This cloth is changed to a checked pattern at the final acceptance as an Elder. Being very conscious of their headgear, warriors will even get upset if it is touched by an outsider or member of another tribe, especially a woman. Nevertheless, some of the Rendille have adopted western clothing. Their building styles for houses comprise of higher ones than those built by other pastoralist tribes and have a round shape. After every seven (or fourteen) years, there is a general shifting up in status of the different male age-groups, moving from childhood to boyhood then to warrior hood and finally to elder hood.
Young girls are often "booked" at a very early age by older men. They marry as young as ten or twelve years. The Rendille women`s, shift from maidenhood to matrimony is manifested by the agonizing rite of clitoridectomy, which happens in private on the very morning of her wedding.
Nonetheless the event symbolizes the most important status-shift in the life of a woman. The wedding ceremony takes time as women are made to learn skills of women that will benefit her and the husband in their future marriage. The prospective groom must give the bride-wealth (gunu) to the bride's family: 4 female and 4 male camels (half for the father, the remaining camels for the rest of the family). One of them is eaten at the ceremony.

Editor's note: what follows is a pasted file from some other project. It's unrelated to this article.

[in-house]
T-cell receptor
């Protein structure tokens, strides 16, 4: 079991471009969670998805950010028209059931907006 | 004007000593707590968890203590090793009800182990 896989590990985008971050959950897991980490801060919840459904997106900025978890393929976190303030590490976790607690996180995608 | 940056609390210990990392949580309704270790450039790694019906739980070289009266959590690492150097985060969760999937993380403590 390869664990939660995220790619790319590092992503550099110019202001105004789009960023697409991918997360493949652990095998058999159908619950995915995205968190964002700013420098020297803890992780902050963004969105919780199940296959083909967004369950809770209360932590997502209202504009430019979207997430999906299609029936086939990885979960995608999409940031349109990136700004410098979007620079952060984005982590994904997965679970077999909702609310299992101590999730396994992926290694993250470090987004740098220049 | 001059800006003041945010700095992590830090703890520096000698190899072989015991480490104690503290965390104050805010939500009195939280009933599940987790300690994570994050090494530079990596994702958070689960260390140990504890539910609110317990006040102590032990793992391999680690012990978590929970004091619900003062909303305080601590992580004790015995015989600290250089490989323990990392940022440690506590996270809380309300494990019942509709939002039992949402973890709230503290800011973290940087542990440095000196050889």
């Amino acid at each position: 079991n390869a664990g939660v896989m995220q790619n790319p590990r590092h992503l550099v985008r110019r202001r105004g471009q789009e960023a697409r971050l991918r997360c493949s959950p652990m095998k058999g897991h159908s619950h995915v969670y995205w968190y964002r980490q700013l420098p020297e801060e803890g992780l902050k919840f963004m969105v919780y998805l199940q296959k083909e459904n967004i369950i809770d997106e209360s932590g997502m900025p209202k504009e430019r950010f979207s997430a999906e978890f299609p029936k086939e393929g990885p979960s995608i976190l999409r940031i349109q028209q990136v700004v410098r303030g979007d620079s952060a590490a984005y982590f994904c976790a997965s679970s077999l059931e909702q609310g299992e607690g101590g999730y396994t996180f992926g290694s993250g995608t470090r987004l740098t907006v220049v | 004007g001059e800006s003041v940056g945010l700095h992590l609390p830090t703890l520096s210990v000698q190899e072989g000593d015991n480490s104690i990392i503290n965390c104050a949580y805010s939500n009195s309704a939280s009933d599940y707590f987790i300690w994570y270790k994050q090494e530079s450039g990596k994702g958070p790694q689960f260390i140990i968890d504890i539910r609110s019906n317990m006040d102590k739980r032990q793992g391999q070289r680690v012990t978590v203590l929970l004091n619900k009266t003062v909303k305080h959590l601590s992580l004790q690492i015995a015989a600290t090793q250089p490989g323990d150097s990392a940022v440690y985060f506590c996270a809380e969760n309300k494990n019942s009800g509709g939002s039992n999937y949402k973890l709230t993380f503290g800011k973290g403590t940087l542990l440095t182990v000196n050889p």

Beaded girls - the Rendille receive empooro engorio beaded collars for marriage, made of palm fibers, girafe or elephant hairs and warriors get ready for the wedding by applying a make-up of red ochre and sheep fat. The warriors put on long hair woven and braided, then dyed red using ochre and fat, making their bodies shinny and colorful.
The bride wears jewellery made of glass and metal, necklaces of beads and wire, headbands, and a large circular earings. She will join her husband's family after marriage. The elders discuss problems in a ritual circle called Nabo, in which women are allowed to enter. They also meet there to pray, receive guests and perform ceremonies.